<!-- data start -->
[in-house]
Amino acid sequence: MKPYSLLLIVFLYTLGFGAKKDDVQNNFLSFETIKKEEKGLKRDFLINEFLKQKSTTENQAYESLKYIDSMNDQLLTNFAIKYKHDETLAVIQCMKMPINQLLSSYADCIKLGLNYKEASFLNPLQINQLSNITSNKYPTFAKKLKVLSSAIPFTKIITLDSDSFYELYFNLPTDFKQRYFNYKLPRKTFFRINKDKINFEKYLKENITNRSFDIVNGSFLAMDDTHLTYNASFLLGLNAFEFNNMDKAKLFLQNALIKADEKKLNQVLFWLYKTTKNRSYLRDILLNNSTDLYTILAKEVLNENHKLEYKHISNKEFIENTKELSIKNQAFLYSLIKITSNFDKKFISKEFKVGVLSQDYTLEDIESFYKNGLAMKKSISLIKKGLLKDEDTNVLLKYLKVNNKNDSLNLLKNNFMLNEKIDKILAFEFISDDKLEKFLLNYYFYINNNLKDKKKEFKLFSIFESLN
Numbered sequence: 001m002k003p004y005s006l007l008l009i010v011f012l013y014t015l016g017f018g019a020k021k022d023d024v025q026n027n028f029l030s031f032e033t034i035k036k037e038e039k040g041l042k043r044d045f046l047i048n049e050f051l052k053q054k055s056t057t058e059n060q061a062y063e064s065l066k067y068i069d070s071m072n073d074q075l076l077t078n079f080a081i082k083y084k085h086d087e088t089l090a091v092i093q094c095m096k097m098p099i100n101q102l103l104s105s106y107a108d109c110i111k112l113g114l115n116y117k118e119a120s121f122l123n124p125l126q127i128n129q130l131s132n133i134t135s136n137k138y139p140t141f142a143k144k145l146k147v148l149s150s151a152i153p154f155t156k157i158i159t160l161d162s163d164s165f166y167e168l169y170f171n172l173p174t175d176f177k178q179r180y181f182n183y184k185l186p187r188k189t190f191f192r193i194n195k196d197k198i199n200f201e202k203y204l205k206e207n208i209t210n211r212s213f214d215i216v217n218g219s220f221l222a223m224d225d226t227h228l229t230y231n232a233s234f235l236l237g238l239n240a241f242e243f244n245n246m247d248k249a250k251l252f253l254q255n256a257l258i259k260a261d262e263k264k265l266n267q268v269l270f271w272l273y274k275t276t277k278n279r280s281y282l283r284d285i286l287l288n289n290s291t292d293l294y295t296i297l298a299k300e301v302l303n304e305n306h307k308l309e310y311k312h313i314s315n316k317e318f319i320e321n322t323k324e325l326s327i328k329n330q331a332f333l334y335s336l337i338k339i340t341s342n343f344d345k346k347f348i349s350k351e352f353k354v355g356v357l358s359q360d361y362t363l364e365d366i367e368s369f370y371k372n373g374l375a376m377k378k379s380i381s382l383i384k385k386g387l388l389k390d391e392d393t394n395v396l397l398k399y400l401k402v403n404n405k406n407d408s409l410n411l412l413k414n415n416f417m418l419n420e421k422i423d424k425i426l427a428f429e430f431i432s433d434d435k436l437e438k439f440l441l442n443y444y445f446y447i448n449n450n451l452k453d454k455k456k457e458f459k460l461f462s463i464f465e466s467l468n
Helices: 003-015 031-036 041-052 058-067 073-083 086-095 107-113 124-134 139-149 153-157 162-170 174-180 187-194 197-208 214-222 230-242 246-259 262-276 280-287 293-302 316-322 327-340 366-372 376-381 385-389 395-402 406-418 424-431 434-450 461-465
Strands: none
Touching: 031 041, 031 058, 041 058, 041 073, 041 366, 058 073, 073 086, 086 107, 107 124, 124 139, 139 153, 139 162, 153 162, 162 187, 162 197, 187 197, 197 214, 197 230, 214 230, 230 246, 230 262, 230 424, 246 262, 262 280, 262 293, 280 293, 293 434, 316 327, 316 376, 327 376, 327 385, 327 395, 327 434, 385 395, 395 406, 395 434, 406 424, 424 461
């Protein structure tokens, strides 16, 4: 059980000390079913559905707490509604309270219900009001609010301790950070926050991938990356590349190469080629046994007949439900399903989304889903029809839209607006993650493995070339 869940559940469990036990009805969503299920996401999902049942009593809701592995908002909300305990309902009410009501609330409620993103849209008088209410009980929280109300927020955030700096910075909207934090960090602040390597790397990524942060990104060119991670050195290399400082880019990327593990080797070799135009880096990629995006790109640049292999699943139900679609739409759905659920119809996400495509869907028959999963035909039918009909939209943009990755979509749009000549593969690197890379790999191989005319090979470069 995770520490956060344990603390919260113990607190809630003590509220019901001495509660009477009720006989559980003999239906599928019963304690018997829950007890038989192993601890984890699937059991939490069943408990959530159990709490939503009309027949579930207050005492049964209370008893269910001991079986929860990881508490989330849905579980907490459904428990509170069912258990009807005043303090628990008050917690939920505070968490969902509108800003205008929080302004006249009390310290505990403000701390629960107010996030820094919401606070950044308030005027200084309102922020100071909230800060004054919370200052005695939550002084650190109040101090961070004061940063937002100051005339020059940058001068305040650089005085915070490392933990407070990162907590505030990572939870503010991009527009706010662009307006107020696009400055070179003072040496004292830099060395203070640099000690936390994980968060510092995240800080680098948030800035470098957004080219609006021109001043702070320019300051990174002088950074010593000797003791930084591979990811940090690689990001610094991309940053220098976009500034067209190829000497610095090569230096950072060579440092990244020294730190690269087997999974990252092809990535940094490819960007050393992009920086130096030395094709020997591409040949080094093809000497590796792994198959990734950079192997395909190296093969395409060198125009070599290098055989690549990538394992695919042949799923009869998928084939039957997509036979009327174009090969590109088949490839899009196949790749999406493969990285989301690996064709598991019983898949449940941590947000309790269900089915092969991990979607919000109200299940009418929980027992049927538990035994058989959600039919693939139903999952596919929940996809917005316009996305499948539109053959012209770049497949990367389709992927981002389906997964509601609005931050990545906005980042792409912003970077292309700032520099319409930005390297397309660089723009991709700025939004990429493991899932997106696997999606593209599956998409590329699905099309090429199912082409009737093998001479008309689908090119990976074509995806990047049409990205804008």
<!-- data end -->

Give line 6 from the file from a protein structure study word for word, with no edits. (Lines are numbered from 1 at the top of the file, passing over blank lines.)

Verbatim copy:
Touching: 031 041, 031 058, 041 058, 041 073, 041 366, 058 073, 073 086, 086 107, 107 124, 124 139, 139 153, 139 162, 153 162, 162 187, 162 197, 187 197, 197 214, 197 230, 214 230, 230 246, 230 262, 230 424, 246 262, 262 280, 262 293, 280 293, 293 434, 316 327, 316 376, 327 376, 327 385, 327 395, 327 434, 385 395, 395 406, 395 434, 406 424, 424 461